Also city limit sizes vary wildly. One city might be hundreds of square miles while another might be just a few square miles while they might both have the same city population. Now which one is more urban? Obviously the one with the smaller city limit size. A good example of this is Boston and Oklahoma City. Boston's city limits is 48 square miles and they have 590,763 people in the city. Oklahoma City has 621 square miles and has 541,500 people. However, Oklahoma City's metro population is only 1,266,445 people, while Boston has 4,455,217 people. Boston and metro is obviously larger than Oklahoma City.

This issue shouldn't even have to come up with you guys, we're all supposed to know about this stuff, more so than your average Joe walking down the street.
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  #297  
Old Posted Sep 20, 2007, 4:27 AM
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Let's not let this get off topic.



I have to agree with this. For instance, Caldwell County is included in Austin's metro area, but it's anything but built up and/or urbanized. I'm not sure I've even set foot in Caldwell County. lol

Metro populations is a much better measure of cities. Look at Round Rock, Texas, Austin's largest suburb. Let's compare it to Galveston. As of 2005 the estimated population for Round Rock was 86,316. It has already passed Galveston's population by nearly 30,000 people. Galveston that same year had an estimated 57,466 people. Anyway, I dare anyone to say that Round Rock is as urban or built up as Galveston, let alone larger. Galveston, even though it is a tiny dot on the map, is a very urban city with buildings that are way over 100 years old. Galveston is full of beautiful old neighborhoods full of huge old houses. Round Rock likely couldn't boast either of those. Metro numbers don't lie, city population numbers are always skewed.

Also city limit sizes vary wildly. One city might be hundreds of square miles while another might be just a few square miles while they might both have the same city population. Now which one is more urban? Obviously the one with the smaller city limit size. A good example of this is Boston and Oklahoma City. Boston's city limits is 48 square miles and they have 590,763 people in the city. Oklahoma City has 621 square miles and has 541,500 people. However, Oklahoma City's metro population is only 1,266,445 people, while Boston has 4,455,217 people. Boston and metro is obviously larger than Oklahoma City.

This issue shouldn't even have to come up with you guys, we're all supposed to know about this stuff, more so than your average Joe walking down the street.
So in general terms would you say San Antonio is the 9th or 27th largest city in the U.S.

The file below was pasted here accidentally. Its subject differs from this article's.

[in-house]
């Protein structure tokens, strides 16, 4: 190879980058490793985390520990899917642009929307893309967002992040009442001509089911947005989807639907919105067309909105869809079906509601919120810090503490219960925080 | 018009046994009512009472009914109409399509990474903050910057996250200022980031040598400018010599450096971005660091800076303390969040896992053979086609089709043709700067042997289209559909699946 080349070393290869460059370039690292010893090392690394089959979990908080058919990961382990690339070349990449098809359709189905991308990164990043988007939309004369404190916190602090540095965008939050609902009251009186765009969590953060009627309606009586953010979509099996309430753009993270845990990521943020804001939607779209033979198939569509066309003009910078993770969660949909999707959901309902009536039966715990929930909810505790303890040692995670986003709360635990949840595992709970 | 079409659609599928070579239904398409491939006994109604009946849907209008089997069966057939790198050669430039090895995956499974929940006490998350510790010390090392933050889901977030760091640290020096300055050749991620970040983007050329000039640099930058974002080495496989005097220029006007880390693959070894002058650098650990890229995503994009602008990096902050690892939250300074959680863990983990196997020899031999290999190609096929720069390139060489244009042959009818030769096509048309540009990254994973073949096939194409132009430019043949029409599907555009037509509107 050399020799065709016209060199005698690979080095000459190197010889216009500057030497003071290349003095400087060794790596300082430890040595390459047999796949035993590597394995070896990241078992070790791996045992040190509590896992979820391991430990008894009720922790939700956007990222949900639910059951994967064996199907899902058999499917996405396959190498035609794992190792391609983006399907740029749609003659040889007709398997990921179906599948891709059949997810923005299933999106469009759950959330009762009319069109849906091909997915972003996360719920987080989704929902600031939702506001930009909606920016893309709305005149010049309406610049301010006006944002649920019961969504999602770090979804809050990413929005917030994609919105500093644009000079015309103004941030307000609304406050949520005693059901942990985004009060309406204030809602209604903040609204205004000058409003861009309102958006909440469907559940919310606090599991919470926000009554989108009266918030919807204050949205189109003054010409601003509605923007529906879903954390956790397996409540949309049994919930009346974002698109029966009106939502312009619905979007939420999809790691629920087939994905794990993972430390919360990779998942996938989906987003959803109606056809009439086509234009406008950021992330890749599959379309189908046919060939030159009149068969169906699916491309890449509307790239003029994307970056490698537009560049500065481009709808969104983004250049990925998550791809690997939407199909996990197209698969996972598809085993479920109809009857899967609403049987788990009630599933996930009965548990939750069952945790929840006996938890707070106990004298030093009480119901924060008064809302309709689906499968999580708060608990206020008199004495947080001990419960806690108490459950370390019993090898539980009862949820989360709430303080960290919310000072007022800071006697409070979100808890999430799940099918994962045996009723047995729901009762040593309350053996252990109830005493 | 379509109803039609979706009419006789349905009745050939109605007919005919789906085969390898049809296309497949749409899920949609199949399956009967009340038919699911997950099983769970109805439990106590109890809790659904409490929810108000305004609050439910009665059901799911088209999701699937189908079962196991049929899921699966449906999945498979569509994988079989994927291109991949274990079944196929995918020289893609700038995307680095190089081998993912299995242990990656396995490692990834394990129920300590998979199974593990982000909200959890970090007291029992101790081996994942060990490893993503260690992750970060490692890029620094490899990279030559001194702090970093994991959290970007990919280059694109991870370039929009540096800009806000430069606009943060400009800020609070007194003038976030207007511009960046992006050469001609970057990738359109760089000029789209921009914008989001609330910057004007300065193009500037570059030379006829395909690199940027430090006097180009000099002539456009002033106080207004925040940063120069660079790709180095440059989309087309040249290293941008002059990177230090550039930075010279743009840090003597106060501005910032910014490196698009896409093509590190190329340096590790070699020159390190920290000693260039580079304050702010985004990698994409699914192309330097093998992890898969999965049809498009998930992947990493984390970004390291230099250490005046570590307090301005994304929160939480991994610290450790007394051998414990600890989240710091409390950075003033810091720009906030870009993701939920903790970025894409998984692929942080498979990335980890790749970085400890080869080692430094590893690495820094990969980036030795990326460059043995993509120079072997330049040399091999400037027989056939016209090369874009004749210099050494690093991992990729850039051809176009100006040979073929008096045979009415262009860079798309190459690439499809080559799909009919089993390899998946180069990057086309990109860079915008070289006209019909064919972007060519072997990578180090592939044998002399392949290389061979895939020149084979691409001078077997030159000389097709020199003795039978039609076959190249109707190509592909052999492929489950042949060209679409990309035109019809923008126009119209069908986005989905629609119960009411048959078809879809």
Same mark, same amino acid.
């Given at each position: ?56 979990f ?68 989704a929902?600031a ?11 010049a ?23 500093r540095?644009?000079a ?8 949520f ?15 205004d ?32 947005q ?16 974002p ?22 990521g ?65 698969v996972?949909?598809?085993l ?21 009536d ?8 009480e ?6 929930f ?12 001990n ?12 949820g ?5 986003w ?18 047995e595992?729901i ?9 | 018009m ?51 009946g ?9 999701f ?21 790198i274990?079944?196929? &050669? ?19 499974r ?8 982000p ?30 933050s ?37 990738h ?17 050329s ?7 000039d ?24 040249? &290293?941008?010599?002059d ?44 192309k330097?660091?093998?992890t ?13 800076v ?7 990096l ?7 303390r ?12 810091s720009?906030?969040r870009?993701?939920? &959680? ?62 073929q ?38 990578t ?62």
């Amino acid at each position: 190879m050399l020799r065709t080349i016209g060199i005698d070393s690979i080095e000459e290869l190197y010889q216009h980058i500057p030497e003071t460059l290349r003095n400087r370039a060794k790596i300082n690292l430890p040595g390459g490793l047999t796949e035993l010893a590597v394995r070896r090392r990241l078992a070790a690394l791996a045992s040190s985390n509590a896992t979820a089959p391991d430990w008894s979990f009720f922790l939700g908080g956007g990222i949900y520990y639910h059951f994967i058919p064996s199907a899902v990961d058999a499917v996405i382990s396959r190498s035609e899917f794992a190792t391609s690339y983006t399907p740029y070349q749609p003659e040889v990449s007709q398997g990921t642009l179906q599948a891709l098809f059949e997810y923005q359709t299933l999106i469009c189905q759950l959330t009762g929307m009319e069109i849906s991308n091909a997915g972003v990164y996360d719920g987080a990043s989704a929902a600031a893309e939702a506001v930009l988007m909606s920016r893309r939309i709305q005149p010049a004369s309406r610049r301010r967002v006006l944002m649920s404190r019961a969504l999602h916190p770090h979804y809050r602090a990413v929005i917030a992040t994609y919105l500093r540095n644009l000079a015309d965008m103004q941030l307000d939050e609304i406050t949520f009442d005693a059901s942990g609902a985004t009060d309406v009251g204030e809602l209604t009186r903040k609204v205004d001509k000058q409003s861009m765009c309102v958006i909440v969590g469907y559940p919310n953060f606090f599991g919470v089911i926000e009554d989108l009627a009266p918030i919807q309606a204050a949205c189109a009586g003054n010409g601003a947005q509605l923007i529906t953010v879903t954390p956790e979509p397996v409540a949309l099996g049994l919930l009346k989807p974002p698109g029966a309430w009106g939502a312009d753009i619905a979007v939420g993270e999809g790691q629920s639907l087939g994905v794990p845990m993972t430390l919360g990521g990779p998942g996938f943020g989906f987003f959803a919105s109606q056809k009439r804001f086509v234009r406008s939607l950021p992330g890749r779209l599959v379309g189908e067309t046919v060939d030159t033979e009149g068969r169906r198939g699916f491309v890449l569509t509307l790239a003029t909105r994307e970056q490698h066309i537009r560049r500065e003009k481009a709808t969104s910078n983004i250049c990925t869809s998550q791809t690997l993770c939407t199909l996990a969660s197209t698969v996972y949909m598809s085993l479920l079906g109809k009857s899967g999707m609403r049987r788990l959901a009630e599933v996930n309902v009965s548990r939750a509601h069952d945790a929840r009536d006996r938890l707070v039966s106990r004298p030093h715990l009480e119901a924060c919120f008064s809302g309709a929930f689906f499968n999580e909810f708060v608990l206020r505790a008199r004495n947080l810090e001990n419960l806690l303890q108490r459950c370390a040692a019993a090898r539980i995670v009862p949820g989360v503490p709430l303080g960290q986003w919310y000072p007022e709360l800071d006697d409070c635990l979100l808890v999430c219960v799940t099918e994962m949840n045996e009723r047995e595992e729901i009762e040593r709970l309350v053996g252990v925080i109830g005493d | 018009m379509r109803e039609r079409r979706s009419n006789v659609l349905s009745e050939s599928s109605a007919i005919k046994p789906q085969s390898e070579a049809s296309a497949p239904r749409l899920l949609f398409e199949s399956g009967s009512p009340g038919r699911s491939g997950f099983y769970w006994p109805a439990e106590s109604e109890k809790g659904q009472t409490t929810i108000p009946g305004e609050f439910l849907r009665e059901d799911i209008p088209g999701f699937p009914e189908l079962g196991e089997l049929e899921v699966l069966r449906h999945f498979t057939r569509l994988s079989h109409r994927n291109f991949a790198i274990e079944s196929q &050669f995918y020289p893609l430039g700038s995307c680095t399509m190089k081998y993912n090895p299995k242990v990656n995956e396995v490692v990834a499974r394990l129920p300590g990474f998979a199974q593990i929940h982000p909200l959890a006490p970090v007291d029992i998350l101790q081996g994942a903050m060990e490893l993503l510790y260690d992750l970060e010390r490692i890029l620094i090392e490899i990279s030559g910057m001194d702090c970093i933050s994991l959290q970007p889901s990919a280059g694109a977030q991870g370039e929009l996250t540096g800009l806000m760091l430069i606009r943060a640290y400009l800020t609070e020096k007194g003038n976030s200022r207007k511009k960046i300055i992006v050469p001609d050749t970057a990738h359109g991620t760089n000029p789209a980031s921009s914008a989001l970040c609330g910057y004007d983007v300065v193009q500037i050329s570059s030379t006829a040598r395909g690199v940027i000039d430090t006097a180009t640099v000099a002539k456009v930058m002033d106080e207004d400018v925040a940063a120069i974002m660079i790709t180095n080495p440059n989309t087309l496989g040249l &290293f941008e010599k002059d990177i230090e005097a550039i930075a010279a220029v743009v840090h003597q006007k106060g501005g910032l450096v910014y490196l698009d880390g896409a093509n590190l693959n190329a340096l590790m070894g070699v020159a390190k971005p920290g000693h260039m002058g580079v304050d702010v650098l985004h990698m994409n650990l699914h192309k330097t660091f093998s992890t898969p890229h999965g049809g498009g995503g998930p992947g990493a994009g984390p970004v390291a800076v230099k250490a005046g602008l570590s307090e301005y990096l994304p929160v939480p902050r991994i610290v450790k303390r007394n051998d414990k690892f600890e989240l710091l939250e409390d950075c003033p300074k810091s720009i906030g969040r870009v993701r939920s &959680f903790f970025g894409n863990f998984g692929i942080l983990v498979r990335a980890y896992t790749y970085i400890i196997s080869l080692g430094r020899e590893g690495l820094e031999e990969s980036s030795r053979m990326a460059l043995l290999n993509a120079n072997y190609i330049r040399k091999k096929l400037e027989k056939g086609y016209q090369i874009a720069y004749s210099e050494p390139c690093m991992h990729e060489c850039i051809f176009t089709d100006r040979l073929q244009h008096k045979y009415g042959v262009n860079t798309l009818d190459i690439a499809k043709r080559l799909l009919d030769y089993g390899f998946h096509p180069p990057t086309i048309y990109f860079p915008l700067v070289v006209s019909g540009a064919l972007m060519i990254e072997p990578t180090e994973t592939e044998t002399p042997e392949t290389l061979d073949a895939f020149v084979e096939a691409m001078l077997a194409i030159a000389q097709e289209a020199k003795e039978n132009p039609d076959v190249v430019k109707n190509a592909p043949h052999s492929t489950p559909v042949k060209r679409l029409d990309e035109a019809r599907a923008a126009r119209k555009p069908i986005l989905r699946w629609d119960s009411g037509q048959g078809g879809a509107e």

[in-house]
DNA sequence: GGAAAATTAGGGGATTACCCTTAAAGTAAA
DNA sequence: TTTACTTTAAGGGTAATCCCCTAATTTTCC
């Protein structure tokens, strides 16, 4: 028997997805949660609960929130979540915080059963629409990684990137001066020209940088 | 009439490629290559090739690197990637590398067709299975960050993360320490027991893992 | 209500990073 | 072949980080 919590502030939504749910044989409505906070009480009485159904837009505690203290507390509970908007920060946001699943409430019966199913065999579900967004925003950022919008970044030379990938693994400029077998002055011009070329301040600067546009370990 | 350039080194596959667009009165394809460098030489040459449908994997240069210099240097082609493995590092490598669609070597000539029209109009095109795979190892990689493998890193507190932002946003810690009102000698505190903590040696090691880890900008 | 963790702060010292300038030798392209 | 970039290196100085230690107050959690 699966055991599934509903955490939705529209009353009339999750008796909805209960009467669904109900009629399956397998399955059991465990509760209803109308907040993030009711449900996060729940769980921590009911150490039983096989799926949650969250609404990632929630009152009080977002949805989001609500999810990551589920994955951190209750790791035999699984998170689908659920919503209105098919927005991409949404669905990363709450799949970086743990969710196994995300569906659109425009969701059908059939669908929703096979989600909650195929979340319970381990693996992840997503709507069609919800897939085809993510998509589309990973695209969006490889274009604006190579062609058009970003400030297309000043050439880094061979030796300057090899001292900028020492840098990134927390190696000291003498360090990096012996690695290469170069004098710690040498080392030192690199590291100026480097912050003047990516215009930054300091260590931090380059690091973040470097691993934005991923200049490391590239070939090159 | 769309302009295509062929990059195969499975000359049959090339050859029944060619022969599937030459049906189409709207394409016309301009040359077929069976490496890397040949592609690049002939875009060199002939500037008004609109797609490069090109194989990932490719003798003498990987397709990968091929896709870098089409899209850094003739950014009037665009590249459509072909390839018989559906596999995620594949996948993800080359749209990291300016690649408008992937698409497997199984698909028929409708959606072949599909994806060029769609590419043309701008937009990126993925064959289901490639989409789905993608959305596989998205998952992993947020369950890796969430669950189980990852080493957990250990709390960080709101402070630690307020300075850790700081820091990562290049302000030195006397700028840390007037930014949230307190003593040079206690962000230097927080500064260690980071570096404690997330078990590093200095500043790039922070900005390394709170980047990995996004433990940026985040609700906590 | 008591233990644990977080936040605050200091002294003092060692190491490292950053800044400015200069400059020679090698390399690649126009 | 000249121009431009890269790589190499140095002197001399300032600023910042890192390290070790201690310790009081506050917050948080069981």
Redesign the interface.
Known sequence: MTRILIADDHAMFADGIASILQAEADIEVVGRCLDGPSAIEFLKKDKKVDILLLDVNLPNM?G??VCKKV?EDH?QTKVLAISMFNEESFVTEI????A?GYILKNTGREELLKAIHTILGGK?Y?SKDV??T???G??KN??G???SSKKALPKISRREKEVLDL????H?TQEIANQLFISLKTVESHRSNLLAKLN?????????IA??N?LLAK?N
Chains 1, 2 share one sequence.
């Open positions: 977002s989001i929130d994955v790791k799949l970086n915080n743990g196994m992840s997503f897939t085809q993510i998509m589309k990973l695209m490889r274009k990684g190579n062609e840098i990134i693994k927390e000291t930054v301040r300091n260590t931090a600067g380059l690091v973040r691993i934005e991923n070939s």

Also, in general terms lets clarify what an "urbanized" area is. Yes urban equates to density but on a map that shows urbanized area- that is an area that is built up- suburban density is included. Maps that display this will denote a color for a built up area not just the dense area. It may be fragmented, as suburban developement goes but none the less it is still urbanized to some extent. So in the real world of cities and moving through them, there is still a continuous density of most sorts. driving from, lets say for example the southern end of SA near 410 and Gillette Ave. straight up north to Evans Rd. or Stone Oak Parkway (the developed areas) that that length is about 23 miles. In Boston you can travel almost twice that many miles and still be in a continuously developed area. So maps are not truly the real world. Actually being there is. Borders are invisible as such of municipalities surrounding major cities. According to the census SA is the 9th largest city in the US but in reality it is not.
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  #298  
Old Posted Sep 20, 2007, 4:39 AM
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So in general terms would you say San Antonio is the 9th or 27th largest city in the U.S.

Also, in general terms lets clarify what an "urbanized" area is. Yes urban equates to density but on a map that shows urbanized area- that is an area that is built up- suburban density is included. Maps that display this will denote a color for a built up area not just the dense area. It may be fragmented, as suburban developement goes but none the less it is still urbanized to some extent. So in the real world of cities and moving through them, there is still a continuous density of most sorts. driving from, lets say for example the southern end of SA near 410 and Gillette Ave. straight up north to Evans Rd. or Stone Oak Parkway (the developed areas) that that length is about 23 miles. In Boston you can travel almost twice that many miles and still be in a continuously developed area. So maps are not truly the real world. Actually being there is. Borders are invisible as such of municipalities surrounding major cities. According to the census SA is the 9th largest city in the US but in reality it is not.
Actually according to the latest census estimates it's the 7th largest city. We all know that the SA metro isn't nearly as big as other metros in the country...thus the smaller skyline and no NFL team (although I'm sure both of those things will change in the future)...but it's much more pleasing to the mind and our proud San Antonio egos to go around telling everyone that SA is the 7th largest city so that's what I do
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  #299  
Old Posted Sep 20, 2007, 4:43 AM
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Here's a good question. If the SA metro was huge, would SA still be the SA we all know and love? Would a skyline that resembles Dallas or Houston be the SA we all know and love? Nope. I love San Antonio for what it is, and what it will become, but not for what it should be.
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  #300  
Old Posted Sep 20, 2007, 4:53 AM
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I think that all this debating should be taken to a different thread. I pretty shure we can all agree that this isnt the right thread for it and i dont think anyone wants to see it closed because of it.